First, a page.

Central Nervous System.ppt by yaofenjin

VIEWS: 145 PAGES: 102

									Central Nervous System:
“CNS”




Spinal Cord
Brain
                 The Spinal Cord
    Foramen magnum to L1 or L2
    Runs through the vertebral canal of the
     vertebral column

    Functions
    1. Sensory and motor innervation of entire body
       inferior to the head through the spinal nerves
    2. Two-way conduction pathway between the body
       and the brain
    3. Major center for reflexes
         Spinal cord

 Fetal 3rd month: ends at
  coccyx
 Birth: ends at L3
 Adult position at approx L1-2
  during childhood
 End: conus medullaris
    This tapers into filum terminale
     of connective tissue, tethered
     to coccyx
 Spinal cord segments are
  superior to where their
  corresponding spinal nerves
  emerge through intervetebral
  foramina (see also fig 17.5, p
  288)
 Denticulate ligaments: lateral
  shelves of pia mater anchoring
  to dura (meninges: more later)

                                        http://www.apparelyzed.com/spinalcord.html
Spinal nerves

 Part of the
  peripheral
  nervous
  system
 31 pairs attach
  through dorsal
  and ventral
  nerve roots
 Lie in
  intervertebral
  foramina
          Spinal nerves continued
   Divided based on vertebral locations
   8 cervical
   12 thoracic
   5 lumbar
   5 sacral
   1 coccygeal
   Cauda equina (“horse’s tail”): collection of nerve
    roots at inferior end of vertebral canal
              Spinal nerves continued
 Note: cervical spinal nerves exit from
  above the respective vertebra
   Spinal nerve root 1 from above C1
   Spinal nerve root 2 from between C1 and
    C2, etc.
 Clinically, for example when referring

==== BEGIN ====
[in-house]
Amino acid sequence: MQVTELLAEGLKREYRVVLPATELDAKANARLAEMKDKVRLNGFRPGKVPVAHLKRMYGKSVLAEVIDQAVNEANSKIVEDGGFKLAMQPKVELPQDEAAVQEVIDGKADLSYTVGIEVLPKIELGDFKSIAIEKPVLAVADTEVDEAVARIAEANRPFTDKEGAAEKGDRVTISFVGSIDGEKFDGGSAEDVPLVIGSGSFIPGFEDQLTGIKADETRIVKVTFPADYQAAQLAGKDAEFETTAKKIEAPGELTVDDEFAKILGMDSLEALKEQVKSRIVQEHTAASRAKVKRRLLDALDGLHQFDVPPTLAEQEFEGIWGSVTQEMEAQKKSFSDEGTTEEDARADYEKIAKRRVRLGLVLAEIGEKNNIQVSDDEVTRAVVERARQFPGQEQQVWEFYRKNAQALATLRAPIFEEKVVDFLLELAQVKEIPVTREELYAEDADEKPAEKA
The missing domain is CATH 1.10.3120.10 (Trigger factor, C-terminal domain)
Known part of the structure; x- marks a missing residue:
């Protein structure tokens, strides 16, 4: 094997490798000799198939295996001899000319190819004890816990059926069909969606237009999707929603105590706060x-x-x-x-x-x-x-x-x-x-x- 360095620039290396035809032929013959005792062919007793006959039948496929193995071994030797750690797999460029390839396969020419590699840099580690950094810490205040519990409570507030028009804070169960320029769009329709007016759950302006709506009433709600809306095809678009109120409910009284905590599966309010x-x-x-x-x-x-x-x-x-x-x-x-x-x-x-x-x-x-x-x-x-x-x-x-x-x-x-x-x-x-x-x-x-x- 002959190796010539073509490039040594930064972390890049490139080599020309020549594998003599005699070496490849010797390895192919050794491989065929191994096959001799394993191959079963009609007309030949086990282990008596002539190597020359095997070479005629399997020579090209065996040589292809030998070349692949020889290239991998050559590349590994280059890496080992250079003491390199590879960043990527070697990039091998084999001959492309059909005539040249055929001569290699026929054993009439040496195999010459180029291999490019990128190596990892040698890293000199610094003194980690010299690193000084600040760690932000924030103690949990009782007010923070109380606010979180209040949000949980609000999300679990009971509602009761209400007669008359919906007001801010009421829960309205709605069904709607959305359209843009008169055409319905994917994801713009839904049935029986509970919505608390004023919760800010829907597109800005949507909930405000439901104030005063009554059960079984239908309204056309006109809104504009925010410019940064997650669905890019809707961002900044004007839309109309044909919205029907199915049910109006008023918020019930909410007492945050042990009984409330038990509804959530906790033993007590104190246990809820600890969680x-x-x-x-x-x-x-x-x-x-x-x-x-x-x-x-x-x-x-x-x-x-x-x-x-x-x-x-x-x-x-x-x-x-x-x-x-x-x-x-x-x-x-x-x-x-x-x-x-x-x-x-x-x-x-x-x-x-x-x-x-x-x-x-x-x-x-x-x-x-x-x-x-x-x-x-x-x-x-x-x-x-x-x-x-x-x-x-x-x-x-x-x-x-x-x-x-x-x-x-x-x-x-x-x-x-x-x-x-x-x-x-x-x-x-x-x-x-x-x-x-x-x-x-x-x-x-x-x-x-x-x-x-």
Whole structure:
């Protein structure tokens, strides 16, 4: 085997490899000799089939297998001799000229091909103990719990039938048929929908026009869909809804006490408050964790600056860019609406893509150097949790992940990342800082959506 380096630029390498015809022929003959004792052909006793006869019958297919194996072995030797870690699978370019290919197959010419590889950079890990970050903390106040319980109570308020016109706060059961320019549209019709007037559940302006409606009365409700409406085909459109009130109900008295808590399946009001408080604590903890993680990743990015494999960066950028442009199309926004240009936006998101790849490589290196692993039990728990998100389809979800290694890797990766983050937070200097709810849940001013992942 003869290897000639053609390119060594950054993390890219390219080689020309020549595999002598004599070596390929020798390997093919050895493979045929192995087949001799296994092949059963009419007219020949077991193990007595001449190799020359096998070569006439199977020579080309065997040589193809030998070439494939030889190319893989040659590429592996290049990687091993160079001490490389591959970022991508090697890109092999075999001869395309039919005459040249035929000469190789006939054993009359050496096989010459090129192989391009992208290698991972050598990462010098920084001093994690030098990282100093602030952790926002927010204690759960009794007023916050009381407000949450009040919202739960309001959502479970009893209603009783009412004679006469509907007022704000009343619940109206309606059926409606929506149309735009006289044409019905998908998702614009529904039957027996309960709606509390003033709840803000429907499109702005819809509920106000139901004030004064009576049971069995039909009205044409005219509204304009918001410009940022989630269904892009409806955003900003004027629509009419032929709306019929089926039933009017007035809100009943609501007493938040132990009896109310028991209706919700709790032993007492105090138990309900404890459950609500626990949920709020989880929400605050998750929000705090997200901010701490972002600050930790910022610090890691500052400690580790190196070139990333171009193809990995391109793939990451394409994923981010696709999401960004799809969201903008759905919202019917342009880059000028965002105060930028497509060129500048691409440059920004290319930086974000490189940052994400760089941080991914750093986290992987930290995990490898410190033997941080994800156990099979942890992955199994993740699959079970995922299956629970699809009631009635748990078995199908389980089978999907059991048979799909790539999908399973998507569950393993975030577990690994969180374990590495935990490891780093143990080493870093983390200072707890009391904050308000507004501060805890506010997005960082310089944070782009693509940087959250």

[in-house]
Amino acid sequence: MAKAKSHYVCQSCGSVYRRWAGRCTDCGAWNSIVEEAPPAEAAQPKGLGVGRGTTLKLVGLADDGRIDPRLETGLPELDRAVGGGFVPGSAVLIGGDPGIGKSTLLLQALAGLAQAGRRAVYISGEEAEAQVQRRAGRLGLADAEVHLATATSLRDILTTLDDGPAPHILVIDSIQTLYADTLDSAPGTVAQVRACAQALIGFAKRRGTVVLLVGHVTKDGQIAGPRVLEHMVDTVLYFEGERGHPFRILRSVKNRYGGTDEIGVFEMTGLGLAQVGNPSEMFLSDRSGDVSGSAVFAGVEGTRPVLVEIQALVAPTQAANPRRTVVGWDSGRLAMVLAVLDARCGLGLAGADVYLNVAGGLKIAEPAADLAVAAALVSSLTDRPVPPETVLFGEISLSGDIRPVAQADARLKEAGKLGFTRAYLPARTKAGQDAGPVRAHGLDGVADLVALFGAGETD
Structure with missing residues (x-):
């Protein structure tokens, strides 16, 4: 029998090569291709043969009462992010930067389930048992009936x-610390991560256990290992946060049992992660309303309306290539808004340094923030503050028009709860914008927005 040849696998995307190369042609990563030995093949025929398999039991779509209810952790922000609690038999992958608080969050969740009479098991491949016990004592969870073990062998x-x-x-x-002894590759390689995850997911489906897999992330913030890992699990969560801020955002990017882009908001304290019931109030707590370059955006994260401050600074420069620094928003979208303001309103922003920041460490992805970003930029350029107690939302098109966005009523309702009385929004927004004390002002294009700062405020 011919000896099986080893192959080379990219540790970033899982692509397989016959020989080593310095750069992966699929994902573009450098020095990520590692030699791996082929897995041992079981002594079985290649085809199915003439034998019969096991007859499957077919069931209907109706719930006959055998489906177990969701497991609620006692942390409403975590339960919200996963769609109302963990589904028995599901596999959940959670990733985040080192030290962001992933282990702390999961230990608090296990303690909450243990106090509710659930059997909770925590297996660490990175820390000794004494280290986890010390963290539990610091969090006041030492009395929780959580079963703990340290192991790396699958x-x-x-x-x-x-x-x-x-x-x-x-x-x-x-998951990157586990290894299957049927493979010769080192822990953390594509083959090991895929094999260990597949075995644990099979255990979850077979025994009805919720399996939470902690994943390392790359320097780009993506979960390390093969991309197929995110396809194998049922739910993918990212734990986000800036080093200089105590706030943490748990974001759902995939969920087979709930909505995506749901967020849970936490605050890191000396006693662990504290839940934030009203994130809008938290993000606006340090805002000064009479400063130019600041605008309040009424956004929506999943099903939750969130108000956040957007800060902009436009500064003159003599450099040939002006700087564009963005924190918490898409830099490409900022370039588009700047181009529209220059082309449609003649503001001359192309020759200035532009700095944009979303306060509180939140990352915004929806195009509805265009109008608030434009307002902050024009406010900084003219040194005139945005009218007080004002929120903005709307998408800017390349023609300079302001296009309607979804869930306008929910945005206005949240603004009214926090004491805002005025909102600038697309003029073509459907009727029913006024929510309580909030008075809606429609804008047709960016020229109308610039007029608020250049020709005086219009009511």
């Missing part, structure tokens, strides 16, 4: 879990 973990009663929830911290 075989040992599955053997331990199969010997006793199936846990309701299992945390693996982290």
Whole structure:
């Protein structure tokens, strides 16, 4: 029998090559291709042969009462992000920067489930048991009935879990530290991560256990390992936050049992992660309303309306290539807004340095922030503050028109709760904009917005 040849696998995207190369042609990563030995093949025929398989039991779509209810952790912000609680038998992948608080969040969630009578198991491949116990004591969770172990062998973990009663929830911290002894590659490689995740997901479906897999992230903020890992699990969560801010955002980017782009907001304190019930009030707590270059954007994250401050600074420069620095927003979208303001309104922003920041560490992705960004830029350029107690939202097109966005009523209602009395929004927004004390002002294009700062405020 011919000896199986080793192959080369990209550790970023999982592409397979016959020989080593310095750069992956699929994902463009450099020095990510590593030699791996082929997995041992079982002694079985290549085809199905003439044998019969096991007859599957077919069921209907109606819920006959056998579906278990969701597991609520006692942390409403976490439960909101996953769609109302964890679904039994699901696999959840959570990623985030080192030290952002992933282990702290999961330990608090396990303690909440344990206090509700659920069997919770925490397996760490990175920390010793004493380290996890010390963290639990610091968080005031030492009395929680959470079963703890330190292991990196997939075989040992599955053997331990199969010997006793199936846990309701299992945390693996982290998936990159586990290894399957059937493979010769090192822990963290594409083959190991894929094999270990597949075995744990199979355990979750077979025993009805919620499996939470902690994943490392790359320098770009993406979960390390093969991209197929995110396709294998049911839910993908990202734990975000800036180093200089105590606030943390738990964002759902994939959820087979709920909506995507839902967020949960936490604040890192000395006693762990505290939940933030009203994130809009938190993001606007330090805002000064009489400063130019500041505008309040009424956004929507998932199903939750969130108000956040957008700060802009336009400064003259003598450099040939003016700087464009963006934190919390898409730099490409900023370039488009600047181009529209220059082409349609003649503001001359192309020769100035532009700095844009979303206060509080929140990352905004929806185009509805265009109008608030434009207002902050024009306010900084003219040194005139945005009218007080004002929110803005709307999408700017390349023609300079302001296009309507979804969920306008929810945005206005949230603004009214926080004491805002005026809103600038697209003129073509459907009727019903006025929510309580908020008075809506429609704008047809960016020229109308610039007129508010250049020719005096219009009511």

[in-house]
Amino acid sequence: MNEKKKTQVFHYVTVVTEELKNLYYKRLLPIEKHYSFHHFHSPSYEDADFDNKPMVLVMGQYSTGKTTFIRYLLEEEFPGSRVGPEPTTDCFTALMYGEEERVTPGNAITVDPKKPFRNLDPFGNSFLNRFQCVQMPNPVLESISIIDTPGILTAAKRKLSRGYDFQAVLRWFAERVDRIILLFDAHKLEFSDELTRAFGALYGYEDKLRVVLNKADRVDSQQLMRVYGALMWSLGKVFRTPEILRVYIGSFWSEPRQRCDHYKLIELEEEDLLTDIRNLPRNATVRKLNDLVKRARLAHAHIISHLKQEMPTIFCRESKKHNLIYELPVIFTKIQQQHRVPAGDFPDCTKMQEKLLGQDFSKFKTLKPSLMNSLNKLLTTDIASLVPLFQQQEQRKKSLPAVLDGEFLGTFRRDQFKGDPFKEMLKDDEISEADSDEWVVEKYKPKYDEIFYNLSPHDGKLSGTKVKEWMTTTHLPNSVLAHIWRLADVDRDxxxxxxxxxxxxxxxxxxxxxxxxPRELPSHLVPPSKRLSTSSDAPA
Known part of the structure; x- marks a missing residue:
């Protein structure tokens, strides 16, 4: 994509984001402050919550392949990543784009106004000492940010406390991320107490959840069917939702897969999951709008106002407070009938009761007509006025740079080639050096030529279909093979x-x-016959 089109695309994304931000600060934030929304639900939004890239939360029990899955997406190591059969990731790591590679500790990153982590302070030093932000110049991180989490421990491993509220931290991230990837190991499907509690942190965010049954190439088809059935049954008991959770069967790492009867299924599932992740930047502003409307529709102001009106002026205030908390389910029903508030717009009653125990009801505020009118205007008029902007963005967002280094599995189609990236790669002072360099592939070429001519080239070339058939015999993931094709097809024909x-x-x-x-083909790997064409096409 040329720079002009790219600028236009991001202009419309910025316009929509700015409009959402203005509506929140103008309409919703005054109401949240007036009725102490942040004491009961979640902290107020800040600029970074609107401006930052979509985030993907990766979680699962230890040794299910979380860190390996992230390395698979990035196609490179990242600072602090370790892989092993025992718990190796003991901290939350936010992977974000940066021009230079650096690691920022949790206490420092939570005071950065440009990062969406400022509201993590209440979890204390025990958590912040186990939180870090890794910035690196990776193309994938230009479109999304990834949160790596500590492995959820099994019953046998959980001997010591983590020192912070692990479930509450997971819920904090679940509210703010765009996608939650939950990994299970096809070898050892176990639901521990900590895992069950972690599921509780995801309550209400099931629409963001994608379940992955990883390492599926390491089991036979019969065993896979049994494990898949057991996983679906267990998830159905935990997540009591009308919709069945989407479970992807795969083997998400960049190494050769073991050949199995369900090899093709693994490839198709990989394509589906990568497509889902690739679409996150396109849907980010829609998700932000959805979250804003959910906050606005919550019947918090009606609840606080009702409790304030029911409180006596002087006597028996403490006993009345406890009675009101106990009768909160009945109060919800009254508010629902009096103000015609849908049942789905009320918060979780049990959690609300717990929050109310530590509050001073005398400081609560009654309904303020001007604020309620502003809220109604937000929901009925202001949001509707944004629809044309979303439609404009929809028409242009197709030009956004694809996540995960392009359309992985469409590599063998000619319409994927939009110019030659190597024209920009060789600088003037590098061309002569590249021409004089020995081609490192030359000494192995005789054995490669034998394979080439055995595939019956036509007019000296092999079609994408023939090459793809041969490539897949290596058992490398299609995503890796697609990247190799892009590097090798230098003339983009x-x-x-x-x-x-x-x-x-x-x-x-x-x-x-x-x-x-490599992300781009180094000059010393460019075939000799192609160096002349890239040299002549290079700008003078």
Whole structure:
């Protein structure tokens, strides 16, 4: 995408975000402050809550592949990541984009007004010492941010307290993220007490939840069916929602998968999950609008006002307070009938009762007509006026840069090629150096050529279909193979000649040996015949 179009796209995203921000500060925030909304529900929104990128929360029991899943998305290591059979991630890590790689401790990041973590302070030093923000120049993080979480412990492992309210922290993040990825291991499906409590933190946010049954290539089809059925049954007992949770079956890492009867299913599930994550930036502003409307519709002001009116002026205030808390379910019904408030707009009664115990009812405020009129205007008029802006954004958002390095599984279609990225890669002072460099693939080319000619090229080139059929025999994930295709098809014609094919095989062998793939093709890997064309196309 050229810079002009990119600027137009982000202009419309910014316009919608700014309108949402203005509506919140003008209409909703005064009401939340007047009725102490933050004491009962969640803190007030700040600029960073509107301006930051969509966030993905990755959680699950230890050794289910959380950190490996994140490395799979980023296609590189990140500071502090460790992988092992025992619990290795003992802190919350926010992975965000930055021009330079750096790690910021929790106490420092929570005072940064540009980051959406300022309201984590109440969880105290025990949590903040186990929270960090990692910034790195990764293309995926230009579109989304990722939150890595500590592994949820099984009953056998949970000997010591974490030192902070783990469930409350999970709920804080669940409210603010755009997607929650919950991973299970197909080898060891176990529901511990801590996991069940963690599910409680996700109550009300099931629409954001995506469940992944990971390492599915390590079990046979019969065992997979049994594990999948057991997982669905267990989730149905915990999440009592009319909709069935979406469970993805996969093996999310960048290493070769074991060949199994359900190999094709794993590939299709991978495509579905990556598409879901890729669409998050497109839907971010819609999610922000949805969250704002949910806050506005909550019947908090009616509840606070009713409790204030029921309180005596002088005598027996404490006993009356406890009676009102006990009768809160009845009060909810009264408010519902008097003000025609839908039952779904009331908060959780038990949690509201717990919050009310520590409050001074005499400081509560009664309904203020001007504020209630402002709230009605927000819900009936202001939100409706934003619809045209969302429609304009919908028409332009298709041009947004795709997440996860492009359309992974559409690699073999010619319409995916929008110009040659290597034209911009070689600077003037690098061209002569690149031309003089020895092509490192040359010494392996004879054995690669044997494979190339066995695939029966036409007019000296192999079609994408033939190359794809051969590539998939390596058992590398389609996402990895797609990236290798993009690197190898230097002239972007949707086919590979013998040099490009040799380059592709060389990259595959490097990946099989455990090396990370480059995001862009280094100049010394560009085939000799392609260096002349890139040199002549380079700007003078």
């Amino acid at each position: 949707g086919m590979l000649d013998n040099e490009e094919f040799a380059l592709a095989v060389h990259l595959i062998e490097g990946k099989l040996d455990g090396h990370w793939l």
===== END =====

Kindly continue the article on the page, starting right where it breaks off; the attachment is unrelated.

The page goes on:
to disc impingement, both levels of
  vertebra mentioned, e.g. C6-7 disc
  impinging on root 7
 Symptoms usually indicate which
  level
  More about spinal nerves in the peripheral nervous system lecture
                             Bone
     Protection:             Meninges
3 meninges:                  CSF (cerebrospinal fluid)
  dura mater (outer)
  arachnoid mater (middle)
  pia mater (inner)
3 potential spaces
  epidural: outside dura
  subdural: between dura &
         arachnoid
  subarachnoid: deep to arachnoid
              http://www.eorthopod.com/images/ContentImages/pm/pm_general_esi/pmp_g
Spinal cord   eneral_esi_epidural_space.jpg



coverings
and spaces
      LP (lumbar puncure) = spinal tap
(needle introduced into subdural space to collect CSF)
                                                      Lumbar spine
                                                      needs to be flexed
                                                      so can go between
                                                      spinous processes
                                                     Originally thought to be a narrow
                                                     fluid-filled interval between the
                                                     dural and arachnoid; now known
                                                     to be an artificial space created by
                                                     the separation of the arachnoid
                                                     from the dura as the result of
                                                     trauma or some ongoing
                                                     pathologic process; in the healthy
                                                     state, the arachnoid is attached to